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  Samuel Beckett’s Critical Aesthetics


Tim Lawrence


Basingstoke: Palgrave Macmillan, 2018

Hardcover. xiv+240 p. ISBN 978-3319753980. £79


Reviewed by Pascale Sardin

Université Bordeaux Montaigne (France)





Tim Lawrence is Postdoctoral Research Fellow at the Humanities Research Centre, University of York, UK. His monograph Samuel Beckett’s Critical Aesthetics is the result of the transformation of his doctoral thesis (defended in 2015 at New Yok University) into book form. As its title suggests, it focuses on the aesthetic discourse that surfaces in Beckett’s critical writings. It looks at the points of contacts of literary and aesthetic reviews published in Transition and elsewhere from the late 1920s to the late 1950s with his creative works, more specifically his prose and poetry. It also discusses them in the light of contemporary philosophical and aesthetic discourses by Georges Bataille, Maurice Blanchot, and Wassily Kandinsky among other writers and thinkers.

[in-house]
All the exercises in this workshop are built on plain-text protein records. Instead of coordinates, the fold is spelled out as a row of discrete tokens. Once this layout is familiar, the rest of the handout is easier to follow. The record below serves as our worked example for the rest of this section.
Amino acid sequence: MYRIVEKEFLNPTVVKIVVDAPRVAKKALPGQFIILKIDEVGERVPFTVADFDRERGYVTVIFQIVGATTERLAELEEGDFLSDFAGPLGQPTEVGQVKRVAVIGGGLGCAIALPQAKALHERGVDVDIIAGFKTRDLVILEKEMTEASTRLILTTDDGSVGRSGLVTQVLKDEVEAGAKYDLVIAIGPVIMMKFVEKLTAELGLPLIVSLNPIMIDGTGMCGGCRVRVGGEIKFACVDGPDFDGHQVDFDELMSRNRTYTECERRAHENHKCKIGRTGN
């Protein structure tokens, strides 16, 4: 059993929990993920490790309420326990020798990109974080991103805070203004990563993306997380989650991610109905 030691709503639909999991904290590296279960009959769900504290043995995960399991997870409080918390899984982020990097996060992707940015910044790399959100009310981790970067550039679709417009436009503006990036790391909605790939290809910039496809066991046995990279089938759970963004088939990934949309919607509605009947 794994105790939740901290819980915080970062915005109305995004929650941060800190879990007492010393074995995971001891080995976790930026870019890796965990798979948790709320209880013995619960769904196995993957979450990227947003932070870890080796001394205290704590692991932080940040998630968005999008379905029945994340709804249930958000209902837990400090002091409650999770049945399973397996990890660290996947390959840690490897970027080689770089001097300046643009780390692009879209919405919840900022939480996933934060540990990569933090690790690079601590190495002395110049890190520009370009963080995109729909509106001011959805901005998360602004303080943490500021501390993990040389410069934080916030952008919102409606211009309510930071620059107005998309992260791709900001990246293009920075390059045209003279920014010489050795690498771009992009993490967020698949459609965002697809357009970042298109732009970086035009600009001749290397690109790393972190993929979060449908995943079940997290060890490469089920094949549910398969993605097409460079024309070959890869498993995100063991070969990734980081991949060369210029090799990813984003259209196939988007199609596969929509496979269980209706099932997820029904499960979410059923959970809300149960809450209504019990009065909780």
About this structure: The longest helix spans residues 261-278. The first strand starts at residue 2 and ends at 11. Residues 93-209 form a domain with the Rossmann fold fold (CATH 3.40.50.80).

Exploring the nature of representation and paying attention to motifs such as “empêchement” (impeding), this study considers how the style of Beckett’s late prose recalls and develops themes in his critical writing. But the author’s main focus is on the tropes of visuality and liminality which, according to Lawrence, is where Beckett’s “fiction and critical essays most crucially meet” [2]. In his work as a critic, Lawrence argues, Beckett developed a new aesthetic relating to phenomenology and existentialism, theories of abstraction, and avant-garde movements such as Surrealism. Evading ekphrasis, his essays on art reflect upon theoretical stakes pertaining to the eye, the object and the subject of representation, and to the experience of the artist and viewer. In this respect this monograph is an interesting complement to David Lloyd’s recently published Beckett’s Thing : Painting and Theatre (Edinburgh UP, 2016), to Conor Carville’s Samuel Beckett and the Visual Arts (Cambridge UP, 2018) and to the wealth of monographs that have come out in the past decades on Beckett and philosophy.